The construction market is still expanding, but analysts for Dodge Data & Analytics are starting to see some deceleration, according to Robert Murray, chief economist for the firm.
Through April, the Dodge momentum index was showing a 7% decline in nonresidential construction, Murray said on a webinar on Wednesday. He warned that the drop doesn’t tell the whole picture.
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“We had a particularly strong first quarter of 2017, which was pulling down those year-to-date comparisons,” he said. He added that he expects “construction starts in the second quarter of this year to be picking up the pace from a middling first quarter.”
Residential and single-family activity
“Most construction cycles are led by residential building,” Murray said. In the most recent upturn, that came largely from multifamily building; the single-family side didn’t start growing until 2012, he noted.
Murray anticipates a 5% increase in single-family housing activity in 2018, pointing to an increase in new and existing home sales as well as prices. Overall, though, “it’s been a very muted recovery, at least compared to what we’ve seen in previous decades.”
Mortgage rates are one concern, as the 30-year fixed rate has crept up to 4.6%. While the current rate is probably not enough to stall home buying, if it reaches 5.5% or 6%, Murray believes that could limit buying activity.
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A bigger question is what millennial buyers will do. Murray said some data show older millennials, who are in their 30s, are starting to buy single-family homes, but others may prefer multifamily housing in urban centers.
Multifamily housing activity is approaching 2005 levels, Murray said. He expected activity to slacken in the first quarter, but instead, those numbers came in “fairly strong.”
He warned that if any sector is approaching overbuilt levels, it’s multifamily building, Murray said, which could attract attention from regulators.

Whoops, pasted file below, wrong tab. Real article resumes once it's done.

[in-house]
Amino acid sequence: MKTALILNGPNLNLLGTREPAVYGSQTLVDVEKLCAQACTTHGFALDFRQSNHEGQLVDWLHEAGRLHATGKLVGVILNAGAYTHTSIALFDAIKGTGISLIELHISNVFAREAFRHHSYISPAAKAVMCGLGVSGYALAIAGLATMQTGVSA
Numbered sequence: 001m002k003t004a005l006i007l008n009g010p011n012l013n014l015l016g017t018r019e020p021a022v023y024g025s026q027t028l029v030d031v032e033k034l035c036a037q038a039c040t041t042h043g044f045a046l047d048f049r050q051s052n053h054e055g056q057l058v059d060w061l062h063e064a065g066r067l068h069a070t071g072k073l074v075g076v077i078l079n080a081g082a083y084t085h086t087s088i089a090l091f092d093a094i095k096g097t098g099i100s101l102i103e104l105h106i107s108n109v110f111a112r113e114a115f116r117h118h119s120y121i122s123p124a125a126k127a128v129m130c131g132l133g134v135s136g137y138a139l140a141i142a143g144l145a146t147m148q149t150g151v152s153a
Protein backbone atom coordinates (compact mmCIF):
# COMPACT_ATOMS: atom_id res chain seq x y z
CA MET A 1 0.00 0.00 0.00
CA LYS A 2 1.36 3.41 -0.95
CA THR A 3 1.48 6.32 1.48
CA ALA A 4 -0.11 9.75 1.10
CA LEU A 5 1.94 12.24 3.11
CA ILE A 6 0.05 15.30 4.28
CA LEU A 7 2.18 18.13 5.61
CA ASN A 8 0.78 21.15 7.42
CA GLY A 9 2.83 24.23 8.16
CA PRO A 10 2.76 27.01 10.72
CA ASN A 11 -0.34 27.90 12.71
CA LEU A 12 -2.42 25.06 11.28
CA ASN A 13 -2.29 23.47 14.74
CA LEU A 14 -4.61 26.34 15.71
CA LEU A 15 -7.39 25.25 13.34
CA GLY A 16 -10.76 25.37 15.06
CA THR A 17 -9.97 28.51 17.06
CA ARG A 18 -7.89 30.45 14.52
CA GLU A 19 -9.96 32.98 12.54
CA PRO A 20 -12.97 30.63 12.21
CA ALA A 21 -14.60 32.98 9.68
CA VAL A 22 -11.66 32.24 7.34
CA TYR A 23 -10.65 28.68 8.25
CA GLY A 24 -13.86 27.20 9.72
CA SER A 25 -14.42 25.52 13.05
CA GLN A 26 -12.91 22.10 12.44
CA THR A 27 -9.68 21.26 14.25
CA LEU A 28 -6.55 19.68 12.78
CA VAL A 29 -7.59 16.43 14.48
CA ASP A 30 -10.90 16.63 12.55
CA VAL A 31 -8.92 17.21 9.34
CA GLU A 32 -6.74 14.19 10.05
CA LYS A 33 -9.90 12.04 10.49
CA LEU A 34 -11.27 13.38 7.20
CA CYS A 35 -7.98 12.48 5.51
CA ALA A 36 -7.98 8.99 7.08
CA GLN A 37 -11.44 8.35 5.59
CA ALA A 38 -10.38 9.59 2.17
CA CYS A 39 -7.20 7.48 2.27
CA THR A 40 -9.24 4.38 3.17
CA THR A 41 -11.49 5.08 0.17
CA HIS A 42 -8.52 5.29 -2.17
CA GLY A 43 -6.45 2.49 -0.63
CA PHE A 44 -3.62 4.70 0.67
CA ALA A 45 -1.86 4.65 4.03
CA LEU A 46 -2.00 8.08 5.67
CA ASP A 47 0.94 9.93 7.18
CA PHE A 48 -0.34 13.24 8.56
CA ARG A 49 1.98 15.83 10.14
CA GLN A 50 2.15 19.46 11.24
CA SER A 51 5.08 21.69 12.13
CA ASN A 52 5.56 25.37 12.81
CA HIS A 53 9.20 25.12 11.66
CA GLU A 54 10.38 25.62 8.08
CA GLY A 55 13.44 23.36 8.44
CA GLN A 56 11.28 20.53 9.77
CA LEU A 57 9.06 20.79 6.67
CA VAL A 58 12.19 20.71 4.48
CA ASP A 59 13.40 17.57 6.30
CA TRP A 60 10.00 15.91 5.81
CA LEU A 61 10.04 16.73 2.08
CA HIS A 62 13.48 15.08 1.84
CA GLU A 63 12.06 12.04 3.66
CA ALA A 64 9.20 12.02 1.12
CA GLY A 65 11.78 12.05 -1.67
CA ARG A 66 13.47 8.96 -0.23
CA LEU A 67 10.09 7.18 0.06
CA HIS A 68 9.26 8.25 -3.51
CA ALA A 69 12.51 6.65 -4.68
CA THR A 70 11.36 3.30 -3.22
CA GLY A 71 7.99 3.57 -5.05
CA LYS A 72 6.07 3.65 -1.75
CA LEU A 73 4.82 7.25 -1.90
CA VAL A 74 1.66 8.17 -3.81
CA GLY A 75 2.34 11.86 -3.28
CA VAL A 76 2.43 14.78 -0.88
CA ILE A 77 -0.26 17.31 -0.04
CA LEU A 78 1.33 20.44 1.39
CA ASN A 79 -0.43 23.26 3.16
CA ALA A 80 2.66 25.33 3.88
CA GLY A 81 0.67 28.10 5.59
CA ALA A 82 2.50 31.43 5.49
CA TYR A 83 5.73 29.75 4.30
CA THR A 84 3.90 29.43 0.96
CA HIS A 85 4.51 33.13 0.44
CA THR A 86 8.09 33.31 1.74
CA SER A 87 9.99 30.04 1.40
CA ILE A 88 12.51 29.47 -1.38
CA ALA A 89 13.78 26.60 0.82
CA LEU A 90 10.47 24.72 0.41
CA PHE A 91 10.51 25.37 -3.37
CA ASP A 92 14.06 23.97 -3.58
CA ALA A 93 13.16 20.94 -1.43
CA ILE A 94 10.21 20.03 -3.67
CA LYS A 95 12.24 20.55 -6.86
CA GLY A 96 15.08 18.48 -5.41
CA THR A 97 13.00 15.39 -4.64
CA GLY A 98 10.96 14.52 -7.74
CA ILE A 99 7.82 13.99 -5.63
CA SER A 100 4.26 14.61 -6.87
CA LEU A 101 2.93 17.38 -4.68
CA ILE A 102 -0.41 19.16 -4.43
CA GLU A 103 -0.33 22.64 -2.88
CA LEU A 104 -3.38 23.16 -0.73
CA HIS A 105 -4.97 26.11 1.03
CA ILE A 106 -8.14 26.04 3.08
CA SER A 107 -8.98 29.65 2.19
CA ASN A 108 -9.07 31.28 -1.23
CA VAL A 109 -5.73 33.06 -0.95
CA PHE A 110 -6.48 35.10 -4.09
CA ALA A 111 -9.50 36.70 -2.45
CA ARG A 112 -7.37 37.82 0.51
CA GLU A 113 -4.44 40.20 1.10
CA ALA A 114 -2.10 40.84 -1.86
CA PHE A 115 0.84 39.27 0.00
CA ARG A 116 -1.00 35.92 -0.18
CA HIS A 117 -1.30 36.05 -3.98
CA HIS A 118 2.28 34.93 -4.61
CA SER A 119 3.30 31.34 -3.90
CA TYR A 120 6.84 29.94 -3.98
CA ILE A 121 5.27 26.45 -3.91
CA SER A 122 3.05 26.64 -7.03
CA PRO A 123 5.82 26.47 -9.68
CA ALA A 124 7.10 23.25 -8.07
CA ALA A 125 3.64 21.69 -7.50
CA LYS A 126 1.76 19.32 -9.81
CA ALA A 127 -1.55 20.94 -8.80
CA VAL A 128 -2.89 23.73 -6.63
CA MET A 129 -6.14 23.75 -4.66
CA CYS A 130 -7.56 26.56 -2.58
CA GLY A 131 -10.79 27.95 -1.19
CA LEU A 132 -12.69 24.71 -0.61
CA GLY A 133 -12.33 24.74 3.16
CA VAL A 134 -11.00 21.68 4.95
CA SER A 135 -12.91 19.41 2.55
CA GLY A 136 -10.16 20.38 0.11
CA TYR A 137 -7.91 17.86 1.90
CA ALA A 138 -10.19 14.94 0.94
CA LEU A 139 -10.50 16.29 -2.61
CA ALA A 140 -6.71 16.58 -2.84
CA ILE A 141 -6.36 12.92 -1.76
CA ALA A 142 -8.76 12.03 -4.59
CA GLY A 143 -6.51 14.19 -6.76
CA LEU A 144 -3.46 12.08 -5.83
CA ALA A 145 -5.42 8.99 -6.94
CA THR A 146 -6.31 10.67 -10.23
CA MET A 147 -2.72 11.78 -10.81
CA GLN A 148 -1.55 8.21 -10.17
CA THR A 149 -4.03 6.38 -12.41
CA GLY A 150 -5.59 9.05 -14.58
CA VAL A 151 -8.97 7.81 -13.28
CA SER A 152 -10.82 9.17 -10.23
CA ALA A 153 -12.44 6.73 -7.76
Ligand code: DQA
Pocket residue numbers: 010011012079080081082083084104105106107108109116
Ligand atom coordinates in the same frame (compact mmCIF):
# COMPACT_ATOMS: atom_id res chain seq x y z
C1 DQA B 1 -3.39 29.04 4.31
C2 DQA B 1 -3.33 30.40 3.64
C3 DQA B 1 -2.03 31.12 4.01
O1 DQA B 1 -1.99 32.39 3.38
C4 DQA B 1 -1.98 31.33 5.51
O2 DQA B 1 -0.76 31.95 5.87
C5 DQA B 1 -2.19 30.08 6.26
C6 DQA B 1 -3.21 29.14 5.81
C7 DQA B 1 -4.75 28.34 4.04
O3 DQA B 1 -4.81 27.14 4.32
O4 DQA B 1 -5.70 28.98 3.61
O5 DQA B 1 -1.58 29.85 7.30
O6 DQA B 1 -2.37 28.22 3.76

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The first quarter of 2018 has been positive for all construction sectors except for commercial, which has been flat, Dodge found. Institutional building had a very strong increase last year, but Murray wondered if it can still “perform its role as a second-stage boost in the overall nonresidential building expansion.”
Murray said that residential, commercial and institutional building may be reaching a peak, but he added, “I don’t think in any of those cases a severe downturn is likely in 2018.”
The most noteworthy recent change in the economy, Murray said, is probably the passage of the Tax Cuts and Jobs Act. “It’s generally viewed that this measure will provide a lift to the economy, certainly in 2018 and possibly some in 2019,” he said.
Murray estimates that the act could increase GDP by 0.4% this year, and 0.2% in 2019.
Lowering the corporate and pass-through tax rates could help foster economic growth, but Murray noted most of the benefits associated with those changes this year have been related to stock buybacks rather than direct investments.
The state and local income tax and the mortgage interest deductions are “a slight negative in terms of the demand for single-family housing, which may have on the flip side … a near-term lift for multifamily housing.”
Murray expects GDP over the second, third and fourth quarters of 2018 to be around 3%.
The Consumer Price Index has started ticking up recently, Murray noted, largely on the increase in oil prices. The Producer Price Index has shown that “after a period of fairly benign inflation from 2012 through 2016, we did see a pickup in prices in 2017.”
That increase was driven by rising metals prices, he said. Iron and steel prices rose 13% and brass and copper mill shapes increased 19%.
“With the proclamation of the tariff increases, that has caused more concern in terms of the increase in materials price having a negative impact on construction activity,” Murray said. However, he expects that in the near term, tariffs will have “more of a mild dampening impact as opposed to an element which would shape the construction cycle.”